Children and Teen Advocates (County)


The Children and Teen Advocates who operate in the county, otherwise known as the CAT team work with children and young people who have experienced domestic abuse within Nottinghamshire County. We work in the Boroughs of Ashfield, Rushcliffe, Broxtowe, and Gedling and there are five members of our team, four advocates and a team leader.

In 2018, the team worked with 264 individual children and young people aged 5-16 who had witnessed abuse take place in their family, often where mum is the survivor. The children we support have frequently seen traumatic scenes and witnessed physical violence and emotional and psychological harm.

The children we support have gone through a range of experiences due to the abuse that happened within the home including providing evidence at court, being removed from home, seeing a parent imprisoned, struggling with child contact arrangements, bedwetting, nightmares, self-harming, lack of attainment and attendance at school and even suicidal ideation.

The CAT team support children to talk about their feelings and have their story listened to, to understand they are not to blame, to be taught about what a healthy relationship should like and how to keep safe. We work with children for between 6-12 weeks depending on their support needs and situation. The support work can either be done as 1-1 support that takes place weekly for around an hour in a safe space such as school or within a therapeutic group setting, again often within a school or community setting.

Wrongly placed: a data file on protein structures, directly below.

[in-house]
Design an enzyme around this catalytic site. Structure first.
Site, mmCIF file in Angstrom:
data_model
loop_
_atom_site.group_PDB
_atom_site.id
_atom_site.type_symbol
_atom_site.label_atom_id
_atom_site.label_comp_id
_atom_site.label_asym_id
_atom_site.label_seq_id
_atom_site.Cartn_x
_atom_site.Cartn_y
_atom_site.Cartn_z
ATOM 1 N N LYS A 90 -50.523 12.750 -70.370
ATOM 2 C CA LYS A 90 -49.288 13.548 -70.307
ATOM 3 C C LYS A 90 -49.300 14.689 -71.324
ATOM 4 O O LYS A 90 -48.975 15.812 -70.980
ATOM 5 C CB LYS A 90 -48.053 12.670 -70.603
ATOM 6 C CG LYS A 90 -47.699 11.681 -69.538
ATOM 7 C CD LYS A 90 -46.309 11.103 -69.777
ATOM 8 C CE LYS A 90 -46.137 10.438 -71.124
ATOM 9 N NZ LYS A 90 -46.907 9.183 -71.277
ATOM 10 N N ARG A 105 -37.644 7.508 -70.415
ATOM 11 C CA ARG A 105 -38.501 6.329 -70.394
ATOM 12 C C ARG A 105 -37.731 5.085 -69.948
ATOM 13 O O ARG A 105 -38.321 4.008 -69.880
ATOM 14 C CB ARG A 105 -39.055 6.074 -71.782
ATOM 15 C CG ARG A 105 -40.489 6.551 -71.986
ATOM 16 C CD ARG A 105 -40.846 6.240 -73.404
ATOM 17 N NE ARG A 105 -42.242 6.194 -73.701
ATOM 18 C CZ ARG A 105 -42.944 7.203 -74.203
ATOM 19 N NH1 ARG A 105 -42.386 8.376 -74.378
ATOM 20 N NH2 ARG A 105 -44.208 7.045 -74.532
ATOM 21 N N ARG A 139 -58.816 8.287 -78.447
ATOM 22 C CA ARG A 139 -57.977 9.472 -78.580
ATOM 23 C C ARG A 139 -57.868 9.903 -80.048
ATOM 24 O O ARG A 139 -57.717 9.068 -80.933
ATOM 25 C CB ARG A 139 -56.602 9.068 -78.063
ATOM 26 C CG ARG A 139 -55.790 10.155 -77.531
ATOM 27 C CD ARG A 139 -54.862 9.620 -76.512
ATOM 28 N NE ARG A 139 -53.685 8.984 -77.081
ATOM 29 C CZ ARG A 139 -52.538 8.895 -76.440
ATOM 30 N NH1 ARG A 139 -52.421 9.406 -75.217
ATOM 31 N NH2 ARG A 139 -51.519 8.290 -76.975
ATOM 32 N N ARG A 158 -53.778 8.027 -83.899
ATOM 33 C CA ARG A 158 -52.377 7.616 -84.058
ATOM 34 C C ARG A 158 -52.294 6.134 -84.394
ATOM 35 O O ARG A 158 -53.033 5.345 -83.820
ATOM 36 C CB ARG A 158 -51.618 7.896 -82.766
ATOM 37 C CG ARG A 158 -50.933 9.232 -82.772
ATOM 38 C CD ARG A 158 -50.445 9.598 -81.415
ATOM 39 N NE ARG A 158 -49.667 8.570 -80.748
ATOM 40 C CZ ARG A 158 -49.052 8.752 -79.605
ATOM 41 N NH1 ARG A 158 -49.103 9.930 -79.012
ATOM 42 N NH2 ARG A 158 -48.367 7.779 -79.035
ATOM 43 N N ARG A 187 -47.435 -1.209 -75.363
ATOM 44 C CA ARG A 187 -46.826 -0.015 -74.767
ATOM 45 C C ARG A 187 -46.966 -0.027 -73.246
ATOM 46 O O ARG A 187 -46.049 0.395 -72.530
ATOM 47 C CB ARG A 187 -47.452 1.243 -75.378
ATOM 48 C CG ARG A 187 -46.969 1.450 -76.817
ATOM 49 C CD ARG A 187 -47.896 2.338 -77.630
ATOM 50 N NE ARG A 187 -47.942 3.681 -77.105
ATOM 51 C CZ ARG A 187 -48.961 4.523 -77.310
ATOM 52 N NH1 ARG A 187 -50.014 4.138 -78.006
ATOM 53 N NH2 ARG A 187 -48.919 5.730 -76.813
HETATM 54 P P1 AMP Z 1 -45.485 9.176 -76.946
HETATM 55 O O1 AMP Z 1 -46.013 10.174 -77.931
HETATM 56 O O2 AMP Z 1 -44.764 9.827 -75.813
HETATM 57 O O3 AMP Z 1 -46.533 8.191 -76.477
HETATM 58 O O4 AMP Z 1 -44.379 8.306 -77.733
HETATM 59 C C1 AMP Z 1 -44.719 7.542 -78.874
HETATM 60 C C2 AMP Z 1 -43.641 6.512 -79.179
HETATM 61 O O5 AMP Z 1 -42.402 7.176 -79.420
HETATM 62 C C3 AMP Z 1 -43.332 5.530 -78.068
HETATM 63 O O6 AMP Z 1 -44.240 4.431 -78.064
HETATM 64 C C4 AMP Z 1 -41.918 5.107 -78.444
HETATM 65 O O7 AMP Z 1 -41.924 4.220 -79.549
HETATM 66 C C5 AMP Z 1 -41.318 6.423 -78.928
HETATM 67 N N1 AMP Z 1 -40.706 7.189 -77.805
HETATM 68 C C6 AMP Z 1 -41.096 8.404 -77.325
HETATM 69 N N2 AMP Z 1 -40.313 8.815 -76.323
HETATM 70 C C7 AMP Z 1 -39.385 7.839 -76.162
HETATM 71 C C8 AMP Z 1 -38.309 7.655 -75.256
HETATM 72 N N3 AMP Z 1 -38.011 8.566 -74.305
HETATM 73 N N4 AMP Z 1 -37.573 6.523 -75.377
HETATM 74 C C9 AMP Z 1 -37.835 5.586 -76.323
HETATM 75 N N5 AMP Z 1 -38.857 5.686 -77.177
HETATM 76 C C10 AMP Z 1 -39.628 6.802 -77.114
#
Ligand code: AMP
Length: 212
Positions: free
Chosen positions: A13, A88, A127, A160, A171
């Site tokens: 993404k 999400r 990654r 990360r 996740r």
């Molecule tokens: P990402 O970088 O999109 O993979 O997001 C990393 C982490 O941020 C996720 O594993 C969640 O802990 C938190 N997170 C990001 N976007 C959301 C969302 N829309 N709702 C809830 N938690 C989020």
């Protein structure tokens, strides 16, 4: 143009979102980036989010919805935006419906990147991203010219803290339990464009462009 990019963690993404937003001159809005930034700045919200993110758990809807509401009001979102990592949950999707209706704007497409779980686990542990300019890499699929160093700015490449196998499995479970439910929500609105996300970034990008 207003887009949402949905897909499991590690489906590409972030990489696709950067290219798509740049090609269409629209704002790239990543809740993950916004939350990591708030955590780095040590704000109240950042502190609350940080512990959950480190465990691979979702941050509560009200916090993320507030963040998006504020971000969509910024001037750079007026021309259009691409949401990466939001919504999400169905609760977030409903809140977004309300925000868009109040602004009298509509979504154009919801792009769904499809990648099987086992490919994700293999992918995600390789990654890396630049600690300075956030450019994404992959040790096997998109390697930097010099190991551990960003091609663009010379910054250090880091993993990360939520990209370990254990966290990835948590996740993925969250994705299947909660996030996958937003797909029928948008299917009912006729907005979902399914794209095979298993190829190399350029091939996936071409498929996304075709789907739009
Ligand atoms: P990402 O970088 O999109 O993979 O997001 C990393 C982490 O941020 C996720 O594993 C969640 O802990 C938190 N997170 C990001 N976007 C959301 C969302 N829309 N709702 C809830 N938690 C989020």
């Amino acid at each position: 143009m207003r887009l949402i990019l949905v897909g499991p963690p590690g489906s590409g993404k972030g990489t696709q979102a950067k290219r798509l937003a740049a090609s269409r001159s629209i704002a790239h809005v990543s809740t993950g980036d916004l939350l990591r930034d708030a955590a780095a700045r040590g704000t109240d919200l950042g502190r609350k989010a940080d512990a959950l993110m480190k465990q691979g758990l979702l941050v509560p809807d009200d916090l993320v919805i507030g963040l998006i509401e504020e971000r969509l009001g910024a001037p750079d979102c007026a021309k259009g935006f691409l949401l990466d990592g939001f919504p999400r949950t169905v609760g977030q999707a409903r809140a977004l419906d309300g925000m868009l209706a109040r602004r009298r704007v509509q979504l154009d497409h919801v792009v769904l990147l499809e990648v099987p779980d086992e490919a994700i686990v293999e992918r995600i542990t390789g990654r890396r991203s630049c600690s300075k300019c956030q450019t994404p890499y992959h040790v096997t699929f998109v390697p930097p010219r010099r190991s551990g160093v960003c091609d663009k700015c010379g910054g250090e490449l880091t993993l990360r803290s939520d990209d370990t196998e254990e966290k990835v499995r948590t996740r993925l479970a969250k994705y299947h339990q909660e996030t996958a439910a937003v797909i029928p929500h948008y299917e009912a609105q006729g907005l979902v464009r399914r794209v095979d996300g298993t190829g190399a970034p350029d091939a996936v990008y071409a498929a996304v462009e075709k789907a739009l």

In addition to the support for children and young people the CAT team also support teenagers 13-17 who are experiencing domestic abuse themselves; often in their own intimate relationships, but also within more complex scenarios such as sibling and parental abuse, Honour Based Violence, CSE and gangs.

The Teen Advocate role supports young survivors with housing, criminal and civil court matters, sexual health, mental health, drug and alcohol issues and education. It is a specialised service that supports survivors both male and female although the majority of the cases are of young women, many of whom are identified as high-risk and most of these high-risk women have been sexually assaulted and/or raped.

Learn about our Young Voices Project